I persist. Rejection seems to be the through-line in my personal life and professional career, but, like a fool, I keep going. In fact, one of my foolish prompts is to actively seek rejection. It's my vaccination for achieving what I have.

 

What are you inspired by NOW?

These questions.

 

What advice would you give to your younger self?

Asking for help and offering help are two things that pay off enormously. Figuring out what is most important in your art, and then practicing that everyday with some way to get feedback. Your presence in the world makes a difference. You can still waste time, but not so much—it passes quickly. Of course, these are really things I'm telling myself now—eternal youth!

 

Who has had a powerful influence on your work?

I have many mentors, teachers, and colleagues who have influenced my work, many who are no longer with us, and some whom I never met. But the ones that stand out now are the ones I’ve been able to work with at different stages of my life. My first clown teacher, John Towsen hired me to teach at the (Very) Physical Comedy Institute a few years ago, where I also got to teach alongside and observe people who influenced me thirty years earlier, including Sigfrido Aguilar and Don Rieder. I first took a workshop with Avner Eisenberg in 1984, and he has continued to direct and advise me pedagogically over many years. Norman Taylor was one of my teachers at the Lecoq School, and I have taken workshops with him at the Movement Theatre Studio NYC, where he, too, shared pedagogical lessons with me. These links, as I have changed and they have changed, have proven invaluable, connecting different parts of myself from different times, and negating the idea that learning is something that only happens when you are young artist.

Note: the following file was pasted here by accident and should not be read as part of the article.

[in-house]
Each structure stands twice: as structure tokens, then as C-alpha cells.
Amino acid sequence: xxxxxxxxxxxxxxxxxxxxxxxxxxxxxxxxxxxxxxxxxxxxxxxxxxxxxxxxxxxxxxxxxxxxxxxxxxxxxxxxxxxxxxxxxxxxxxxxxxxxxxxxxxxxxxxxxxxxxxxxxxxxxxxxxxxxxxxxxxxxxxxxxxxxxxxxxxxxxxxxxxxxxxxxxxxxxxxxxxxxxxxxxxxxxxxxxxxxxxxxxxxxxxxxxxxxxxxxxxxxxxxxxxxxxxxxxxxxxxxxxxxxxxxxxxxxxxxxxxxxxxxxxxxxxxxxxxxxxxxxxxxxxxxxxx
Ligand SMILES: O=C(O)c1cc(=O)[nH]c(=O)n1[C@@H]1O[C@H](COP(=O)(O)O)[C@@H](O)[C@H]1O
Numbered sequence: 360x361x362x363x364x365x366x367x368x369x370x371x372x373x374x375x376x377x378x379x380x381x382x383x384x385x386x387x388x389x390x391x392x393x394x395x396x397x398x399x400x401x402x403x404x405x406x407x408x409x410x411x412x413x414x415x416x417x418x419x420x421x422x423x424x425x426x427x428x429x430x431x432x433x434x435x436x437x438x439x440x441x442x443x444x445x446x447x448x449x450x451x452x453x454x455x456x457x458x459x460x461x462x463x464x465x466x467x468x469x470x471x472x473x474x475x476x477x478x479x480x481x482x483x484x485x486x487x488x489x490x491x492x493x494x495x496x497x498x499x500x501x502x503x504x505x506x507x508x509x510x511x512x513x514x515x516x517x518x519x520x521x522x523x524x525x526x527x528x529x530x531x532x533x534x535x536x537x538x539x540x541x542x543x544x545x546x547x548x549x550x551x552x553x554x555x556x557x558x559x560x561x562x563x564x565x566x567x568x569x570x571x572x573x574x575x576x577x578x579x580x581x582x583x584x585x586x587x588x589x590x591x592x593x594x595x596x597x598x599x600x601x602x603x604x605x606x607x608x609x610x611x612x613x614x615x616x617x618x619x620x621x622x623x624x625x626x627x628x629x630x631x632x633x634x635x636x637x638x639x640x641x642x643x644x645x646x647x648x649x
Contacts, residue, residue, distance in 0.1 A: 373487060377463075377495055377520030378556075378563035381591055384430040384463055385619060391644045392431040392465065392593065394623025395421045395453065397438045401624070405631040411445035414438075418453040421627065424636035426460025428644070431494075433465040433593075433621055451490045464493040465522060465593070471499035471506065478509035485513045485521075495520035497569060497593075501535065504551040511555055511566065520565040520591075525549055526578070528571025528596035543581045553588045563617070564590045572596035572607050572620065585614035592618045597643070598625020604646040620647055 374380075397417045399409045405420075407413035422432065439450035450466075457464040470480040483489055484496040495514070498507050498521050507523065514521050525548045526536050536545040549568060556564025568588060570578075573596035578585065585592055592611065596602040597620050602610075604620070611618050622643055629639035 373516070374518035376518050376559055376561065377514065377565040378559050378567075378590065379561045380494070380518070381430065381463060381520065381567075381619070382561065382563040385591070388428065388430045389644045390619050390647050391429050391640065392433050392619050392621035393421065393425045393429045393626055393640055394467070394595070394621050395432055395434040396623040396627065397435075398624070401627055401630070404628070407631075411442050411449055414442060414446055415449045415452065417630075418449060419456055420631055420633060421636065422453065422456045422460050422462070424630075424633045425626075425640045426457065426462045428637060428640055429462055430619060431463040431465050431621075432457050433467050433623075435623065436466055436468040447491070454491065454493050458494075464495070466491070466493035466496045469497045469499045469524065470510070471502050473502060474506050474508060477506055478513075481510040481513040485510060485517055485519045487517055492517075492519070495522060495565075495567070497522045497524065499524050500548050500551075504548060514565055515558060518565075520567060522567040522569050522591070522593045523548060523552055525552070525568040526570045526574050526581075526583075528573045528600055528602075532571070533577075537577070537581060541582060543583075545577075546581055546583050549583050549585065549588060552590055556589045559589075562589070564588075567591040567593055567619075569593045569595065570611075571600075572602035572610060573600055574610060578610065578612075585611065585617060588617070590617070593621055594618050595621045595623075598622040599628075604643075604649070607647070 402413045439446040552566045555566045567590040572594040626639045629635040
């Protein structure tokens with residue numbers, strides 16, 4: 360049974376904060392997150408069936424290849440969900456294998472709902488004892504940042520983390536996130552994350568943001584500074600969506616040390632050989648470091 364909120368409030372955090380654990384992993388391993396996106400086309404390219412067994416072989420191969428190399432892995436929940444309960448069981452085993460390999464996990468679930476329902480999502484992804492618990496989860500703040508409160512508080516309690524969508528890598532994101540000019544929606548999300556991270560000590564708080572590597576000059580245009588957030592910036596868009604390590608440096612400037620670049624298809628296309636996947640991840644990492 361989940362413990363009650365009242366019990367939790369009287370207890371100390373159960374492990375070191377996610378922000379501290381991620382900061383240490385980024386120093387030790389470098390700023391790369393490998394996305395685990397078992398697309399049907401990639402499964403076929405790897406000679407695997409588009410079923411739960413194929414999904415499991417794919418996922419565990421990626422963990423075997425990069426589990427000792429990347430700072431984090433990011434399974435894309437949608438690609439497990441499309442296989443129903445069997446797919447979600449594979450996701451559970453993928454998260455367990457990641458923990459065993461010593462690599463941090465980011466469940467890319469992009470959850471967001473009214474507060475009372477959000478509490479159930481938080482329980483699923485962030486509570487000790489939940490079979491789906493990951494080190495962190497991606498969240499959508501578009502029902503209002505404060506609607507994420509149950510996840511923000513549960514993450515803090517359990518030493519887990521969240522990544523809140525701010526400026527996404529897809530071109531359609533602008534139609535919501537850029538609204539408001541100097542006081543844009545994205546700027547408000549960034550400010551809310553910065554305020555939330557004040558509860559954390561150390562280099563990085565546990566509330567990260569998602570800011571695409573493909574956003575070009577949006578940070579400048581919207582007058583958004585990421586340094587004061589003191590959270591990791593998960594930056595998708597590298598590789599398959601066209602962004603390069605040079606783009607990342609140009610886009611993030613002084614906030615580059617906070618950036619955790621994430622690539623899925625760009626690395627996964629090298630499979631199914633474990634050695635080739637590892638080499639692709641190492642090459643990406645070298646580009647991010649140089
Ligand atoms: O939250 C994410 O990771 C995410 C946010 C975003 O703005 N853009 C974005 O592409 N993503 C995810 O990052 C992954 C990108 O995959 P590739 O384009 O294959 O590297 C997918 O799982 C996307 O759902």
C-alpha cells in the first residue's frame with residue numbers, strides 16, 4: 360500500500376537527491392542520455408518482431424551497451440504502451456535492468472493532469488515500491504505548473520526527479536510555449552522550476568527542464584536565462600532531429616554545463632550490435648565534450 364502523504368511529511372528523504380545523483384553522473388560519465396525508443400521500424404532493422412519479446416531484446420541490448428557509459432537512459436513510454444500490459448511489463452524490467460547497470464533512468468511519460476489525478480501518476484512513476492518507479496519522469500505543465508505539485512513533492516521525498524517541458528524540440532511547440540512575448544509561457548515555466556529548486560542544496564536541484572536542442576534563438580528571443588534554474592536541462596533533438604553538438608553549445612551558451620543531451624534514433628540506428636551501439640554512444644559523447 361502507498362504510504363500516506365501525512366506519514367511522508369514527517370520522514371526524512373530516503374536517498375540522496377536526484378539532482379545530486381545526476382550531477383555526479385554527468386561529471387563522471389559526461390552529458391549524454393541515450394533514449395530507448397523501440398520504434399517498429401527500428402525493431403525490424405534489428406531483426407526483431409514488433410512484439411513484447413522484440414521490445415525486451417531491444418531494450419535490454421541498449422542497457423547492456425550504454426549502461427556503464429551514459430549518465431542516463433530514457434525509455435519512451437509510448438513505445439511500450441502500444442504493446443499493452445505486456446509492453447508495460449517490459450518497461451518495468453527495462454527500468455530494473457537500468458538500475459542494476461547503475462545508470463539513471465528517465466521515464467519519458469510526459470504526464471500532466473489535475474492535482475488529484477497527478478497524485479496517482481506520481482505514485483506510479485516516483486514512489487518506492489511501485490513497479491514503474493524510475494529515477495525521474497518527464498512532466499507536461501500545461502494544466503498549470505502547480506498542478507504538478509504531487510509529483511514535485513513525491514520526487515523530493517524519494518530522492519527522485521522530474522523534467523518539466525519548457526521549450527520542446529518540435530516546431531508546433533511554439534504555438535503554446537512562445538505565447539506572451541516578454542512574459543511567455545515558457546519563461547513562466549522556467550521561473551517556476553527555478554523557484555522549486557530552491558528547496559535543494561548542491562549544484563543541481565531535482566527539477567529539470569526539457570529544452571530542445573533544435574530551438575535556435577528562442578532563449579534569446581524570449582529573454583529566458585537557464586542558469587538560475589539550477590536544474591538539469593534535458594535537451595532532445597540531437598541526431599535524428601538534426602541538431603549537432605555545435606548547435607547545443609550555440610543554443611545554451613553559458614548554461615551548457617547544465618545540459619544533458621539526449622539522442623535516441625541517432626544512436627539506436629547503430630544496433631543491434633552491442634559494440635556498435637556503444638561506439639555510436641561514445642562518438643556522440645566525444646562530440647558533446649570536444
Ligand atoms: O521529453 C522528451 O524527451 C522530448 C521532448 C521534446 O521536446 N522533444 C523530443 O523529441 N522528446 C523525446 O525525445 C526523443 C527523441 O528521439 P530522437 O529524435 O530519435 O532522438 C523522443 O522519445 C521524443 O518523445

What is your next project or a recent project?

I’m writing two books right now: one entitled "How To Think Like a Fool: 60 Ways to Solve Problems Creatively," and one on Beckett and Clowning called "Acting Absurd," based on a class I teach.

 

How do you reward yourself for a job well done?

Cooking myself a nice meal—it's like a mini-performance I get to both make and enjoy.

 

What is your advice to self in pursuing the business side of work? Do you have advice for making/producing your own work?

Put yourself out in the world. Learn to say yes, then learn to say no. It's a job. How can you make it more fun? How can you get paid to work on your craft? Ask for help, offer help. People like to remind you it’s show BUSINESS. But sometimes you have to be reminded that it’s SHOW business—switch the emphasis now and then for balance and for sanity. Find ways to prototype your work, whether it's sneaking a section of your new show into your old show, or showing up with a comic monologue at a folk singers’ open mic. Get it in front of audiences, and keep improving. I started working on my last show by doing it in the parking lot before the beginning of someone else’s show (with permission). I once even workshopped bits and pieces of a theatre show as the hired performer at children's birthday parties.

 

What advice do you have for auditioning?

I started creating my own work so that I wouldn't have to audition—the casting couch is awkward, though. I then found that promo videos, showcases, and other marketing attempts are their own form of auditioning. If you’re not putting yourself out there in the world, nothing tends to happen. I ask, how can I audition in non-traditional ways?

 

10 things that make you happy are…

1. Giggling

2. Connecting

3. Moving

4. Giving

5. Learning

6. Teaching

7. Cooking

8. Noticing

9. Playing

10. Deciding It helps me to have a menu of topics that I can draw from—if I get too specific, it’s easier to talk myself out of doing something. These also can be useful to spark my fuel when creating. Just asking how I can do one of these things gets me thinking, and that makes me happy.

 

 In 2017, SUPER SPACE is serving as a vehicle to facilitate Created to Create Project.

 

What

CREATED TO CREATE 

INTRODUCING ONE ARTIST PER WEEK, FOR 52 WEEKS IN 2017.

 

When

Beginning, January, 1st, 2017

 

Who

ACTORS, ARTISTS, THEATRE MAKERS, FILM MAKERS, DESIGNERS, TEACHING ARTISTS, STUDENTS all chosen because they spend a part each day creating. Artists will be chosen in no particular order.

 

Goal

Introduce artists from different parts of the world. People who use different mediums and whose practice is at a different skill level. A thing they all have in common is unique sense of style and self-expression.